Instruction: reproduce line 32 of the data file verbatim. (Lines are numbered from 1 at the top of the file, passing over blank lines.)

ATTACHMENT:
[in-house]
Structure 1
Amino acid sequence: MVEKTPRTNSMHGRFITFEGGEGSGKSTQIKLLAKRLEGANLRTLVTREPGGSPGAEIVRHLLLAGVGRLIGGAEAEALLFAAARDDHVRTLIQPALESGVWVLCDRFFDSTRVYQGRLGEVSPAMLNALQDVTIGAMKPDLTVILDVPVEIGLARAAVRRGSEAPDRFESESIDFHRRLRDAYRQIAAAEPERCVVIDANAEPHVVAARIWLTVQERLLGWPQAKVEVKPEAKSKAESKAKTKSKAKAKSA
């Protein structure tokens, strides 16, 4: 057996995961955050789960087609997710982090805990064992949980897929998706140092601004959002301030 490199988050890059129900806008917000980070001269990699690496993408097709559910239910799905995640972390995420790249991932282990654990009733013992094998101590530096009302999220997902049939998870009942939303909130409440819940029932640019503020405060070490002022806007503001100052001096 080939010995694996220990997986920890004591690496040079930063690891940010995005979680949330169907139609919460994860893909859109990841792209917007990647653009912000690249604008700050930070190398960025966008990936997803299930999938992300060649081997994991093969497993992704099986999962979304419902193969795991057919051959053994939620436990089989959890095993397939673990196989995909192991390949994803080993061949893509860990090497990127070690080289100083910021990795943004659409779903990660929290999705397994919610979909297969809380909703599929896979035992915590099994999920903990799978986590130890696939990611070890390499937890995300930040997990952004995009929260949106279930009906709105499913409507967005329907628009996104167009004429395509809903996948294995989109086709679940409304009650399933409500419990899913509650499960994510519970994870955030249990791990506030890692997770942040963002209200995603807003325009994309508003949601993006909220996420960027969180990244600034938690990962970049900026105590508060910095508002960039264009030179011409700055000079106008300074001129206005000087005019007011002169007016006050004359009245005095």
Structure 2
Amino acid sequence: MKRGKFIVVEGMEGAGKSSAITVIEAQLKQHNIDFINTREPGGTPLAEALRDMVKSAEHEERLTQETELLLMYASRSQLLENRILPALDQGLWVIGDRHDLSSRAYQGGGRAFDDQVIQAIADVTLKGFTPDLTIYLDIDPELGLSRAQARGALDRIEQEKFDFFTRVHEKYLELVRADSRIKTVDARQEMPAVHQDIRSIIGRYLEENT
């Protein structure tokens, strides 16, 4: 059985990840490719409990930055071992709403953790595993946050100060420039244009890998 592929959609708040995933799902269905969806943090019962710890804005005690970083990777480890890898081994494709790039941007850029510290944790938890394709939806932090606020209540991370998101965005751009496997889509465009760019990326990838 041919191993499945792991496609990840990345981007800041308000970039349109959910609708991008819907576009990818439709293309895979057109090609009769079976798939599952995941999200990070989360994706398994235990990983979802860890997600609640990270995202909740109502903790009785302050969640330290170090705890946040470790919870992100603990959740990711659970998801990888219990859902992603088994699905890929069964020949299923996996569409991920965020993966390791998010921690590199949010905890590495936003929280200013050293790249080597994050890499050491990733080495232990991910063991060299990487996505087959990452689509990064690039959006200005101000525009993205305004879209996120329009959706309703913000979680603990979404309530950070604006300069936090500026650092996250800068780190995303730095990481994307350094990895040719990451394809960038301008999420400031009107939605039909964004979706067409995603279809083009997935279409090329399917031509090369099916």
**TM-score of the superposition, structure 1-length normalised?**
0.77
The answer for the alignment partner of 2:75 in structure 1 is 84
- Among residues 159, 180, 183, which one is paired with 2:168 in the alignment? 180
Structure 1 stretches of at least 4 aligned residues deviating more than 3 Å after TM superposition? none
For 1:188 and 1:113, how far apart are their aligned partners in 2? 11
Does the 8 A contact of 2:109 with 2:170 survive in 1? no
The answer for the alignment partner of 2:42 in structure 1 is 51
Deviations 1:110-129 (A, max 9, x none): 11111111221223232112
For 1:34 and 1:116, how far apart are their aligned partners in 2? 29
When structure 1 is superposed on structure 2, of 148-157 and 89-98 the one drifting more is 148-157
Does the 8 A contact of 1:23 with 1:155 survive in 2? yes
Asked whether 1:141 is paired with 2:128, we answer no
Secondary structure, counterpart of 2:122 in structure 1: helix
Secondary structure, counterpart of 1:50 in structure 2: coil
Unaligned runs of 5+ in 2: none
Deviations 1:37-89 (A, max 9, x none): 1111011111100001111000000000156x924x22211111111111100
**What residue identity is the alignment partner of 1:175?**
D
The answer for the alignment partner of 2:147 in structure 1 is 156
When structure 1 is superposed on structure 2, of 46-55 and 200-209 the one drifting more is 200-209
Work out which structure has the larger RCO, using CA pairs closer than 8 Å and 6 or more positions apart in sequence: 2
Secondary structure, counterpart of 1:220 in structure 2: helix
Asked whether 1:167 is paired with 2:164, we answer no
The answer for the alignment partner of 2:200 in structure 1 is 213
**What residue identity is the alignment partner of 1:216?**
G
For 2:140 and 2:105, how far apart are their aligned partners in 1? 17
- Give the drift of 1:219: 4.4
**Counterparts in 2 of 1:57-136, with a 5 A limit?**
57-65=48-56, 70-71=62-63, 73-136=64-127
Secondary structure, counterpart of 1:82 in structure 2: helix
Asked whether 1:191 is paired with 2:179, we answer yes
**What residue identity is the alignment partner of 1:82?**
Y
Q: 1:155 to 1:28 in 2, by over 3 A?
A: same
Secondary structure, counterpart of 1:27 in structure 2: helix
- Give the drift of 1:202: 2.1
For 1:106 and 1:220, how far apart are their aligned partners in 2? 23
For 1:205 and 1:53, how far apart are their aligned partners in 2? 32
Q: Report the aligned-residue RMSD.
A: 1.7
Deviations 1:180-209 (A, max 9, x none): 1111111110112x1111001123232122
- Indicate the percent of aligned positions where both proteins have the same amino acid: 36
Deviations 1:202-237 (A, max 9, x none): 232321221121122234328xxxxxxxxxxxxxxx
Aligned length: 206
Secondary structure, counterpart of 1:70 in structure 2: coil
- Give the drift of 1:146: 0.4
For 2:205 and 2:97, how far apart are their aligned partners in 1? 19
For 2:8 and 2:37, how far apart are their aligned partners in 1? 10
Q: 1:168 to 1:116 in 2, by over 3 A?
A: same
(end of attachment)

The answer for the alignment partner of 2:200 in structure 1 is 213